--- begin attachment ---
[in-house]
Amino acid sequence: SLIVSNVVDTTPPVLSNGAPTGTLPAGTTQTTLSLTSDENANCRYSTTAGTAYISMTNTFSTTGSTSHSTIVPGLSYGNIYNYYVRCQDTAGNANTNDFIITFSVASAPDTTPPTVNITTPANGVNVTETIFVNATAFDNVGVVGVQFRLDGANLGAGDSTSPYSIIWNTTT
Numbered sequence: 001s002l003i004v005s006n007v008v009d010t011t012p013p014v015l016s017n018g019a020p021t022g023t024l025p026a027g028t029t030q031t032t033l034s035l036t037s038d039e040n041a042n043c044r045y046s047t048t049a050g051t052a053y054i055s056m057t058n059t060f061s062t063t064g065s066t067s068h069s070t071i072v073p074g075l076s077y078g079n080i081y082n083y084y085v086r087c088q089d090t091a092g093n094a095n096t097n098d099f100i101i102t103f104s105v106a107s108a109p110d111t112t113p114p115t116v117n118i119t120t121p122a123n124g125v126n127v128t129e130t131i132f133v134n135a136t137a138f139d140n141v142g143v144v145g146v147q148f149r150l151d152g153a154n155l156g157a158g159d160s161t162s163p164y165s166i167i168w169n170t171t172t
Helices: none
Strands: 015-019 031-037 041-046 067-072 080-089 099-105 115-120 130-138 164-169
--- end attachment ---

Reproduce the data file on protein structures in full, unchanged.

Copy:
[in-house]
Amino acid sequence: SLIVSNVVDTTPPVLSNGAPTGTLPAGTTQTTLSLTSDENANCRYSTTAGTAYISMTNTFSTTGSTSHSTIVPGLSYGNIYNYYVRCQDTAGNANTNDFIITFSVASAPDTTPPTVNITTPANGVNVTETIFVNATAFDNVGVVGVQFRLDGANLGAGDSTSPYSIIWNTTT
Numbered sequence: 001s002l003i004v005s006n007v008v009d010t011t012p013p014v015l016s017n018g019a020p021t022g023t024l025p026a027g028t029t030q031t032t033l034s035l036t037s038d039e040n041a042n043c044r045y046s047t048t049a050g051t052a053y054i055s056m057t058n059t060f061s062t063t064g065s066t067s068h069s070t071i072v073p074g075l076s077y078g079n080i081y082n083y084y085v086r087c088q089d090t091a092g093n094a095n096t097n098d099f100i101i102t103f104s105v106a107s108a109p110d111t112t113p114p115t116v117n118i119t120t121p122a123n124g125v126n127v128t129e130t131i132f133v134n135a136t137a138f139d140n141v142g143v144v145g146v147q148f149r150l151d152g153a154n155l156g157a158g159d160s161t162s163p164y165s166i167i168w169n170t171t172t
Helices: none
Strands: 015-019 031-037 041-046 067-072 080-089 099-105 115-120 130-138 164-169